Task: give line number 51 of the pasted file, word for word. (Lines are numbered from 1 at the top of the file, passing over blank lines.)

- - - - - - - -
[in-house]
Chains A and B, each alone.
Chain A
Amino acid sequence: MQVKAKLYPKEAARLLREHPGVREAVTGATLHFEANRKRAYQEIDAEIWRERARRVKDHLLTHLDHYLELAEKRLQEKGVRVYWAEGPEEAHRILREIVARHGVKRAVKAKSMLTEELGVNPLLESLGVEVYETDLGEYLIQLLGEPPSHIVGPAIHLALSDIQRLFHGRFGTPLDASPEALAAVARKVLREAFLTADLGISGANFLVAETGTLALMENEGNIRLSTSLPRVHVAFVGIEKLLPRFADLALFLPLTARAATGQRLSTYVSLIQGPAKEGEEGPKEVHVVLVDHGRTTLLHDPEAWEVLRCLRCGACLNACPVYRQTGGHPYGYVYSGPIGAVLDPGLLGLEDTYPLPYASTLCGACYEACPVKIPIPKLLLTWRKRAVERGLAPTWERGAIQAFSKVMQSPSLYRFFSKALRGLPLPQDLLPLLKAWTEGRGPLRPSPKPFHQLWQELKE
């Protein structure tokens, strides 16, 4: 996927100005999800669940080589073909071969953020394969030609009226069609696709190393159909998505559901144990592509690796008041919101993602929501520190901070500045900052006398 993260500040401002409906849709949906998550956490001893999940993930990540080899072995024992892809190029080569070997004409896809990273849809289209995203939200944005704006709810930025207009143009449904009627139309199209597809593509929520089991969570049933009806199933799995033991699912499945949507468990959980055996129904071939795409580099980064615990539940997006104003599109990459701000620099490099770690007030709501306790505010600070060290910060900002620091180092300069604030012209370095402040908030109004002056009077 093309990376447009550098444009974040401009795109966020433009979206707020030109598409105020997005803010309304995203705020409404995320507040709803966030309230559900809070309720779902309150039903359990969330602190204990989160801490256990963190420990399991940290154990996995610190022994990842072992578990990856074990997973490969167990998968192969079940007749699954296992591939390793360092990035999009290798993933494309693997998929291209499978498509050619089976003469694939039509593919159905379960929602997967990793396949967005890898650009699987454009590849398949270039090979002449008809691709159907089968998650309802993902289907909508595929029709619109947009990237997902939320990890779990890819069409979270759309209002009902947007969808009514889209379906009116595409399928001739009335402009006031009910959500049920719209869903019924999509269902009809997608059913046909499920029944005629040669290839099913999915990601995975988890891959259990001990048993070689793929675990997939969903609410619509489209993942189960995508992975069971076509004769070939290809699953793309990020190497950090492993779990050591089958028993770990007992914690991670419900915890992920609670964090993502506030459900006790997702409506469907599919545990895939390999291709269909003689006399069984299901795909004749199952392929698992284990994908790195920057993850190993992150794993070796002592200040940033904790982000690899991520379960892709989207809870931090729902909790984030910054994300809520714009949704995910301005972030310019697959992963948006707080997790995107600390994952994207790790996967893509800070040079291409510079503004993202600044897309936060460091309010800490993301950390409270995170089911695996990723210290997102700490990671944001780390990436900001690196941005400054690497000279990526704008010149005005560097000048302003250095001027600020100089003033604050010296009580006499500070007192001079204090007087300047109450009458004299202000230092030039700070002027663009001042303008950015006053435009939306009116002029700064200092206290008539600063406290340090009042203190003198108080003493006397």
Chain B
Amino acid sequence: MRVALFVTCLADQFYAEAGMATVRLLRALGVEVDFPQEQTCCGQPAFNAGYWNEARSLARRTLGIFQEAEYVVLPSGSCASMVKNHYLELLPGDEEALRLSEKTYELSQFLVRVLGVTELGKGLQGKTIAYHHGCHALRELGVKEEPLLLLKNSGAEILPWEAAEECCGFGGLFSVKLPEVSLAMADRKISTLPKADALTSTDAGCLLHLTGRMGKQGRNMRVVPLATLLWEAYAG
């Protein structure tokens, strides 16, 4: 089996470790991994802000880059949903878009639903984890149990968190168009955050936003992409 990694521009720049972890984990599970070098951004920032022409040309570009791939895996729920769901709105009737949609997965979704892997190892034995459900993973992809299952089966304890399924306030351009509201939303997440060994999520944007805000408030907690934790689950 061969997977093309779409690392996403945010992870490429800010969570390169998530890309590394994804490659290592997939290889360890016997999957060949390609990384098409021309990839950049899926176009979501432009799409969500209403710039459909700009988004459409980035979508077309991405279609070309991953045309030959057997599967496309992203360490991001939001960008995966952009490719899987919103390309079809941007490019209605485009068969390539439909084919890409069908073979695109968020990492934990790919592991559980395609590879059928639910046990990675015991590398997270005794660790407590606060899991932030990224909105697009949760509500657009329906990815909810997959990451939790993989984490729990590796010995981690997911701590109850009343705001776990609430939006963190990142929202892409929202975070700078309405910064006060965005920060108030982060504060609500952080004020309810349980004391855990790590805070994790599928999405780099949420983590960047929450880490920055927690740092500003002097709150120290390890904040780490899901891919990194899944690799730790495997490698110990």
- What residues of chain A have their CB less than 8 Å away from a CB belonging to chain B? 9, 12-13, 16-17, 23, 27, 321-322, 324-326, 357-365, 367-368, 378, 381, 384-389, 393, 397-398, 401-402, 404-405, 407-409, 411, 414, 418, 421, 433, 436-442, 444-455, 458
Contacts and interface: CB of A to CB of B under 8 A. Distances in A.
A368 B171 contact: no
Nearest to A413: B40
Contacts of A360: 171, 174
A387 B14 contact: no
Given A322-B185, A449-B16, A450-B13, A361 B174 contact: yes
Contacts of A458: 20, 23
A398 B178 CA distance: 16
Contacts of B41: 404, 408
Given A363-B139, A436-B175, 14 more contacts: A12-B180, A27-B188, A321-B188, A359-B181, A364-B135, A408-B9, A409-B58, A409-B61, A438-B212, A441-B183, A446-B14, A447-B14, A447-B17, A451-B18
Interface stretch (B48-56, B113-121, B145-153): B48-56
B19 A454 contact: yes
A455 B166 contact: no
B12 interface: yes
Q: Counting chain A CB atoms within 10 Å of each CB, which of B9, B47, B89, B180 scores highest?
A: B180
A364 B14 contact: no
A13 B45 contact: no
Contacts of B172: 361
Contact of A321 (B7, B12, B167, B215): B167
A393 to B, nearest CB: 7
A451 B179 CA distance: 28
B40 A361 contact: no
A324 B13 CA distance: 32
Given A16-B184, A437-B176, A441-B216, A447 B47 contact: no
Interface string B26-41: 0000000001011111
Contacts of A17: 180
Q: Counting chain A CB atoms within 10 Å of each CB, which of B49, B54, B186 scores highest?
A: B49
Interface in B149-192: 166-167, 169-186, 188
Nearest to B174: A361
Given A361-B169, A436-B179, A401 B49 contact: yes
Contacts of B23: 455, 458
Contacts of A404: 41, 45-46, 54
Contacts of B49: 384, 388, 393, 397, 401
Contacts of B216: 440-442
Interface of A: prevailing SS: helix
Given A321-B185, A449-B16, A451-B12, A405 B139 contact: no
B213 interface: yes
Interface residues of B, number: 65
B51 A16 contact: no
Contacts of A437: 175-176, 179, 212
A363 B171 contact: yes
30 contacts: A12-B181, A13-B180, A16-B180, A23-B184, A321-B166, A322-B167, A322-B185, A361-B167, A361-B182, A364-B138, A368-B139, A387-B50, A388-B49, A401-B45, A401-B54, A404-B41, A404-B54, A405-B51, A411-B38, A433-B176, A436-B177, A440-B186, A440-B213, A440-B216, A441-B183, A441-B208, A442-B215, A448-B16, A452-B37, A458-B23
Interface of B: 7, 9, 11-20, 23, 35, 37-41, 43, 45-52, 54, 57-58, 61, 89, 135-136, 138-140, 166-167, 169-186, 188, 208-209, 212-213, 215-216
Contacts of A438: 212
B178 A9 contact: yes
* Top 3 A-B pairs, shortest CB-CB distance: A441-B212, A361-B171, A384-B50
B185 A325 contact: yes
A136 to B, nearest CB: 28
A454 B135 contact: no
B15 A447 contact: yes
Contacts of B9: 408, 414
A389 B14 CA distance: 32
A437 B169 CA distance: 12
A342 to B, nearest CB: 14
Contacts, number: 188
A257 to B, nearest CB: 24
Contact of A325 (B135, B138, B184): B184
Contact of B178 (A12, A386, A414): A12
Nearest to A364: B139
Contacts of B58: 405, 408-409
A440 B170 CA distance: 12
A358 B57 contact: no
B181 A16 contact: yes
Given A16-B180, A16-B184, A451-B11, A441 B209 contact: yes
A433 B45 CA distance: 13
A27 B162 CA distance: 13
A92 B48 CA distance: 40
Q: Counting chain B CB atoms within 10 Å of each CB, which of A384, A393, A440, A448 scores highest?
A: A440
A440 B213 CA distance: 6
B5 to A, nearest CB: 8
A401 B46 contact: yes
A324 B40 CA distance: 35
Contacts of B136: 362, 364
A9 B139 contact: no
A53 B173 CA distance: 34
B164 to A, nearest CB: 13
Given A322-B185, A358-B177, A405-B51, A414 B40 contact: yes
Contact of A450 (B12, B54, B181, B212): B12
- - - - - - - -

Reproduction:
Contacts of A437: 175-176, 179, 212